Spring / Summer Opening Times: Monday - Saturday 9am -5.30pm, Sunday 10am - 4pm

Restaurant: Mon - Opening Times Monday - Saturday 9am - 4.30pm Sunday 10am - 4pm(Wed 2nd November Onwards) - Food stops 30 minutes before closing

Phone: Garden Centre 01752 847366
Restaurant: 01752 848600

Tamar View Nurseries Garden Centre 

The Gardeners' Garden Centre

Tamar View Nurseries Garden Centre

The Gardeners' Garden Centre

 

How to ... Prairie Planting

It's time to join the revolution! There has been a great
resurgence in the use of grasses in the garden. 

This is due, in part, to the garden designer Piet Oudolf
 - some of his gardens can be seen in these photos. 


It is also due to a more informal approach to gardening
 where natural environments and garden intermingle
 seamlessly together.

Picture1.jpg
Picture2.jpg

 

Grasses and perennials are planted in drifts alongside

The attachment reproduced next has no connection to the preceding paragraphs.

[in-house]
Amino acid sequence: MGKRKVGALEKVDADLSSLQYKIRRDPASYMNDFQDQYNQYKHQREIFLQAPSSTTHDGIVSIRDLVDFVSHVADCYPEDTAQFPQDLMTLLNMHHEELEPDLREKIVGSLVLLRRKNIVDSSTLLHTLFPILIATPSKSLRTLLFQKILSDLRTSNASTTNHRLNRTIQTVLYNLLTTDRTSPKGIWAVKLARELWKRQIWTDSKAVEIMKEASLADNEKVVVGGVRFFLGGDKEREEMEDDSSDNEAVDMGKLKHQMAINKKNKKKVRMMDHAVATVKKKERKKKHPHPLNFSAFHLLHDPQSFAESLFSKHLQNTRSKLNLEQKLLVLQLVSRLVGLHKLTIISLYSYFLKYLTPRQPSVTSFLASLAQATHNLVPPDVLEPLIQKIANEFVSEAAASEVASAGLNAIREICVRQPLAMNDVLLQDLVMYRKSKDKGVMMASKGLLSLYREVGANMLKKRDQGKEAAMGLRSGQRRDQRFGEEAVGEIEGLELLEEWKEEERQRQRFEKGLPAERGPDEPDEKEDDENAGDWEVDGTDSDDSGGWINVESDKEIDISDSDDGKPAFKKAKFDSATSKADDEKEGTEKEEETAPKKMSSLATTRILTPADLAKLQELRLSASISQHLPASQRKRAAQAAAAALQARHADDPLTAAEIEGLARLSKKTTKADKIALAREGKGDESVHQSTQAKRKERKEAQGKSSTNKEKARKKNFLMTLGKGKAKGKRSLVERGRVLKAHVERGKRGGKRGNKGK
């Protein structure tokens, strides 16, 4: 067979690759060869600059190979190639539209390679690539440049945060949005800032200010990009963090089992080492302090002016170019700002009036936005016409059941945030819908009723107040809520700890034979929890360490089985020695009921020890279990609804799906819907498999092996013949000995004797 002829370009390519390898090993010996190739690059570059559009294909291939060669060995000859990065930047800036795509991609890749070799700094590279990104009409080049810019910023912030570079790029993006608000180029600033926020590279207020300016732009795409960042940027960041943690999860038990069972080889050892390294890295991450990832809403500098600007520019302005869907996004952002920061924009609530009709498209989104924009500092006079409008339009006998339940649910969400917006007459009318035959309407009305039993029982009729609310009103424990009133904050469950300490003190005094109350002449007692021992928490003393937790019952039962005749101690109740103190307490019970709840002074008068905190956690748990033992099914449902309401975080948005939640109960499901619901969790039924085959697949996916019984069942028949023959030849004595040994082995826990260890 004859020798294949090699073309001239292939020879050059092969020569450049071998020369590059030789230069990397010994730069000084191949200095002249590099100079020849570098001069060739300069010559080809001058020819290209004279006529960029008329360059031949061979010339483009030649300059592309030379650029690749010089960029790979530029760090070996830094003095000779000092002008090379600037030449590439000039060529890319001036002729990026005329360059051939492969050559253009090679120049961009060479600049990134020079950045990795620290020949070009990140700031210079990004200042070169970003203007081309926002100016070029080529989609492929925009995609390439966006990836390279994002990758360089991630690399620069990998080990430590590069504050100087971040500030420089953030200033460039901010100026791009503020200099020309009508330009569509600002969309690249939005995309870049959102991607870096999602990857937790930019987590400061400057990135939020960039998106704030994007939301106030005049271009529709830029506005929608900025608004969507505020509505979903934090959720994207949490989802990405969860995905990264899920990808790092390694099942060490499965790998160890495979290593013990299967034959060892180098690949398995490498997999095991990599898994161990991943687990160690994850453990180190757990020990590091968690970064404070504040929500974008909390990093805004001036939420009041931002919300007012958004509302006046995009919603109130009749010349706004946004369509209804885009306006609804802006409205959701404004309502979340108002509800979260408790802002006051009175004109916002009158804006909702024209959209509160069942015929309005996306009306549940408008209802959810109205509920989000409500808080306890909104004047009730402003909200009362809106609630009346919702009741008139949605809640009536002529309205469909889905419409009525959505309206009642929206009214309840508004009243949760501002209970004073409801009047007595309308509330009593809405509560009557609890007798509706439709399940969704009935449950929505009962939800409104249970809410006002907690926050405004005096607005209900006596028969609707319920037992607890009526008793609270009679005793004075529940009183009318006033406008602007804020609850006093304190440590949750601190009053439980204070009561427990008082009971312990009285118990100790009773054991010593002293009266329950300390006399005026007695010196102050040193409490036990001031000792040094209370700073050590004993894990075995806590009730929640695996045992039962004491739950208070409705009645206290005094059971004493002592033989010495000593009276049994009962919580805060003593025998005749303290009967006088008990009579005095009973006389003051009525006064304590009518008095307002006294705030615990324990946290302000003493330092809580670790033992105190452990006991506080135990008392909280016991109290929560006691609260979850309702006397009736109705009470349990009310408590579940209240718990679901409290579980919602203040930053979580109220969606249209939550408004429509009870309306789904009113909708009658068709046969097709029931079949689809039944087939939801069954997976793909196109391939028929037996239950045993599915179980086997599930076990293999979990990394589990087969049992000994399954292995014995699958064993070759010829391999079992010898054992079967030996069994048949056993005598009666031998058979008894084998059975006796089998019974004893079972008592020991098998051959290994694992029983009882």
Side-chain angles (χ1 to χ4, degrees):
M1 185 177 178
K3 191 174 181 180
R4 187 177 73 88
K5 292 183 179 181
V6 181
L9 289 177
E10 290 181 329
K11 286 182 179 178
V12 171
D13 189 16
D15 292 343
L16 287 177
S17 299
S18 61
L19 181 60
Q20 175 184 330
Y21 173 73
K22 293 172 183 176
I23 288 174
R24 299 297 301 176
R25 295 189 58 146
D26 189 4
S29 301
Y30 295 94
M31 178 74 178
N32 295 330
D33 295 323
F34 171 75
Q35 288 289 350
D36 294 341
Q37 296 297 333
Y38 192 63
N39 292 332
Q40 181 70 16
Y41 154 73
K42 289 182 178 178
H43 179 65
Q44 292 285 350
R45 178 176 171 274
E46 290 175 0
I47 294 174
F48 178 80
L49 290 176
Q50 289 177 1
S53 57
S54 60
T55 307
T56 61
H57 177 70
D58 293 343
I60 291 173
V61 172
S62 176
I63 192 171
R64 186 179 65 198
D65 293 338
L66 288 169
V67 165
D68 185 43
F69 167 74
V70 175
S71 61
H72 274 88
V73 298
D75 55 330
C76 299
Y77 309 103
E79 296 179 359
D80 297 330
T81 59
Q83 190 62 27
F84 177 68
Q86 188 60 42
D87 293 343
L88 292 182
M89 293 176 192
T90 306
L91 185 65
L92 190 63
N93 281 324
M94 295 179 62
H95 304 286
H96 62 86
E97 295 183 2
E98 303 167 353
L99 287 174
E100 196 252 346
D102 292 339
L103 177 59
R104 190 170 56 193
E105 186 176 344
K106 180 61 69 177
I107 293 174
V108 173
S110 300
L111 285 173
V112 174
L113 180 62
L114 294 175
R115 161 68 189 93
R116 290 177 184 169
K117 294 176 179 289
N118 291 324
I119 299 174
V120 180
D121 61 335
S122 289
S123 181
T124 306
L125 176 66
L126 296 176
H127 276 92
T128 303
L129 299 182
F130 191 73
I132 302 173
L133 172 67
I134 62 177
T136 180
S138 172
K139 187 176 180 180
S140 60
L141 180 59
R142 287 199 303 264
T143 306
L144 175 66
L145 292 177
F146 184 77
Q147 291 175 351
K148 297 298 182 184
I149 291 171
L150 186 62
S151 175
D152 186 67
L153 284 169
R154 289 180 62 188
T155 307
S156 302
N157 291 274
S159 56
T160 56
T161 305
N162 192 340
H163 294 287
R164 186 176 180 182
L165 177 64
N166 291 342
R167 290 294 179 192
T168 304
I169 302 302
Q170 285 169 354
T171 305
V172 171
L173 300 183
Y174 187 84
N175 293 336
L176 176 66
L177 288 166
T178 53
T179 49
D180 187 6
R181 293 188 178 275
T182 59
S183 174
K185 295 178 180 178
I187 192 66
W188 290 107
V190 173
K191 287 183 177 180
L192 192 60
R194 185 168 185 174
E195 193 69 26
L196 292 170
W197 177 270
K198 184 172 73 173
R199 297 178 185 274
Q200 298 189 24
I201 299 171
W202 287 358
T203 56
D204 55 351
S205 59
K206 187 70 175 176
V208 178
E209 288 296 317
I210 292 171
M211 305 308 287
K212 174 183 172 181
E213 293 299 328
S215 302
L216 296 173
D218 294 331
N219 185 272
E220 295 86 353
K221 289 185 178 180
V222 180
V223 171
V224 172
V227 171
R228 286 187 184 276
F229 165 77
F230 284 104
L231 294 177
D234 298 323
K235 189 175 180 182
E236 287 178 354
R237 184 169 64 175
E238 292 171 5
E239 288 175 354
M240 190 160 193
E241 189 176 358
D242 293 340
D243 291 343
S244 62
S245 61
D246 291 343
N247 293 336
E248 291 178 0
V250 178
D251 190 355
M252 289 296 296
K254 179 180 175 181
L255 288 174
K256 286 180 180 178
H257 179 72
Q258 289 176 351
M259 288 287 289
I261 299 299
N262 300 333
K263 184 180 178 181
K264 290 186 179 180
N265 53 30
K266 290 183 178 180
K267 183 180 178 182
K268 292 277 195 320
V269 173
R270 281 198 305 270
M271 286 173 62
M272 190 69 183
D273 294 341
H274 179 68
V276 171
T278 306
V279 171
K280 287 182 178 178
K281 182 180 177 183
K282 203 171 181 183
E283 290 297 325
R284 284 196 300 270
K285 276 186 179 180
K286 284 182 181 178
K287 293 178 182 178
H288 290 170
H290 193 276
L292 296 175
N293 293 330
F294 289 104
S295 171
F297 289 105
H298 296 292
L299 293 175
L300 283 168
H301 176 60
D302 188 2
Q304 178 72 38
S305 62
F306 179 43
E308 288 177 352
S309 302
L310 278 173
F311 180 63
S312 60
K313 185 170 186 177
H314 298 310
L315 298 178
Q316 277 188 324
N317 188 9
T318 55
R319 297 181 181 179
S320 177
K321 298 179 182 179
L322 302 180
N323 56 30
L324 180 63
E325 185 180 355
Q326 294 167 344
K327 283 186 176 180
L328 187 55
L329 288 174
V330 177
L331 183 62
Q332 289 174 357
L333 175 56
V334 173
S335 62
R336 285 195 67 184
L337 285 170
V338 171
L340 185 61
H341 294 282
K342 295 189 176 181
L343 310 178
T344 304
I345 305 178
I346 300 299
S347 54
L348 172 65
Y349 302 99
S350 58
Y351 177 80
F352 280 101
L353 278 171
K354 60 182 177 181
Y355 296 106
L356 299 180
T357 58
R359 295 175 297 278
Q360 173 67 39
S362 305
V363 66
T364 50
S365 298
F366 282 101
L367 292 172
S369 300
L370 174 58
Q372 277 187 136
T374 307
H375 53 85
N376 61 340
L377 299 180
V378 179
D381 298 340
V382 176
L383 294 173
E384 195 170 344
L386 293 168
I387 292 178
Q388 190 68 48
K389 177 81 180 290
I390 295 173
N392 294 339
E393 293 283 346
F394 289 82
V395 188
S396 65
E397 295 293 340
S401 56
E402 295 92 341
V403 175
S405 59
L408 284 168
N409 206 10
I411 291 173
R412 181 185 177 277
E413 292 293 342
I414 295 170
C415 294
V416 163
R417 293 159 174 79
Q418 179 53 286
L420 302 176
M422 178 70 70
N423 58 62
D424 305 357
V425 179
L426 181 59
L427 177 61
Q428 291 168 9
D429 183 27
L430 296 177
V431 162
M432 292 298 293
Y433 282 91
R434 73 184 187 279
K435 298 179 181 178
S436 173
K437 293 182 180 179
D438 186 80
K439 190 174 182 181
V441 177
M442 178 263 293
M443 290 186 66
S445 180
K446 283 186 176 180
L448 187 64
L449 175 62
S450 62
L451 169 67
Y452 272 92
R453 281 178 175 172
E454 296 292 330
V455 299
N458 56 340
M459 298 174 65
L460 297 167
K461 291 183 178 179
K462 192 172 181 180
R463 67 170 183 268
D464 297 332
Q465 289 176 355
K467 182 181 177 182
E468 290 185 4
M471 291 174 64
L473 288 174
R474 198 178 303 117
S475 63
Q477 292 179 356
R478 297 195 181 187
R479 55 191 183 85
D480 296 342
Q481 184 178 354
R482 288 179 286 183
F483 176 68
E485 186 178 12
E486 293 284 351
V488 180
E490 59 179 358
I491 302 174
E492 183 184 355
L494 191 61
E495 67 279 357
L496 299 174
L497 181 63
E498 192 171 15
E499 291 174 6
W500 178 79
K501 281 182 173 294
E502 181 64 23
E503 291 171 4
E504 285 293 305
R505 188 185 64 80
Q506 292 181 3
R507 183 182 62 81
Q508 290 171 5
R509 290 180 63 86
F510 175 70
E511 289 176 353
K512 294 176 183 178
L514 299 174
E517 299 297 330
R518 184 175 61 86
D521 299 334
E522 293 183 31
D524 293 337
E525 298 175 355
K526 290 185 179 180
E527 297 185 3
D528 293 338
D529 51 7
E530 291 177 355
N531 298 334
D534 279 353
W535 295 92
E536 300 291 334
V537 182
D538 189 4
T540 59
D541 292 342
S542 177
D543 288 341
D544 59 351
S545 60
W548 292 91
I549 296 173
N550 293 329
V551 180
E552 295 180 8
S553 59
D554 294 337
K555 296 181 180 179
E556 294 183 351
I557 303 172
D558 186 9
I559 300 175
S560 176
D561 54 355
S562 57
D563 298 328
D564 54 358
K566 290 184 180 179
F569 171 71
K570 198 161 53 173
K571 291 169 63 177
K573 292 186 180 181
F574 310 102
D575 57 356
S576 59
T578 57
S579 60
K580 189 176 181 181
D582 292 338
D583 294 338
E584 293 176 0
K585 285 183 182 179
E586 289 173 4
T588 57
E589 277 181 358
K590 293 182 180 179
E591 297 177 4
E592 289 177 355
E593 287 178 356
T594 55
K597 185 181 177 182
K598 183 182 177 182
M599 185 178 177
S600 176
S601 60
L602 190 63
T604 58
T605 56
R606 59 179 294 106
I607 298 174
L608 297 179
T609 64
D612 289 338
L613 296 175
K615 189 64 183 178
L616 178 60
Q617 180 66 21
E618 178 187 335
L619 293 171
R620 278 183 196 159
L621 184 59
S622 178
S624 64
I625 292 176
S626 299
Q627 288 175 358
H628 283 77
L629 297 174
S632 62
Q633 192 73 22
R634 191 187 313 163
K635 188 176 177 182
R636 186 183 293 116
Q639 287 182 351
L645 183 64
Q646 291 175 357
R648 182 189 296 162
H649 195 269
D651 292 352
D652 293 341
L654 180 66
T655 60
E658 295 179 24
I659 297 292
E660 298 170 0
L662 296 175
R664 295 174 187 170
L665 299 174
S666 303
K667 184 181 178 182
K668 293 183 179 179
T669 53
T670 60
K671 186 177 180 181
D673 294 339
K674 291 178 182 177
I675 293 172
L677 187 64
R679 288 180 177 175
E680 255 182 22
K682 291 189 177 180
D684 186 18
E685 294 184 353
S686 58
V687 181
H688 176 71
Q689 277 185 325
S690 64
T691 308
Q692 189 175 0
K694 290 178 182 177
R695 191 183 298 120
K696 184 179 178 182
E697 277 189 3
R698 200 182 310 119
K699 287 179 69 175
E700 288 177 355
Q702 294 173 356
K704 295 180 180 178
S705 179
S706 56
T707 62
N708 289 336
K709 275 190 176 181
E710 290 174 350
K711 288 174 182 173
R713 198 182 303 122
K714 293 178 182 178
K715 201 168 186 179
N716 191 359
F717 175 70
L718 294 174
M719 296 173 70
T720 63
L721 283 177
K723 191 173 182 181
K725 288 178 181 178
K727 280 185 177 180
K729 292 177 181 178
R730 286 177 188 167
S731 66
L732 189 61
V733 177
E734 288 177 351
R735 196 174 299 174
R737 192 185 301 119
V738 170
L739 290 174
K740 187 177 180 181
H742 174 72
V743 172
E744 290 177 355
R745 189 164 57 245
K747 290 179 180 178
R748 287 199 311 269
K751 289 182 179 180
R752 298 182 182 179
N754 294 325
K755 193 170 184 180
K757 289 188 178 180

each other, providing a palette of colour that usually 
lasts well into late Autumn.

Perennials such as echinacea, rudbeckia, monarda, salvia,
achillea, sedum, helenium and asters are used to
name but a few and are interspersed between the 
contrasting airiness of the grasses.

The idea is to create a naturalistic look that evokes a 
flowering grassland.

 

 

Use Spring and Summer bulbs to extend the season and 
ensure successional interest such as camassias and alliums.

Many plants used for this style naturally attract butterflies
and bees. An additional benefit for wildlife would be to 
delay cutting back the bed until late Feb early March 
for winter habitat.

Picture3.png
Picture5.jpg

 

Seedheads can look magical with a glimmer
of frost and they provide food for birds.

Essentially, grasses add an extra dimension to a garden,
creating movement and texture wherever they're planted.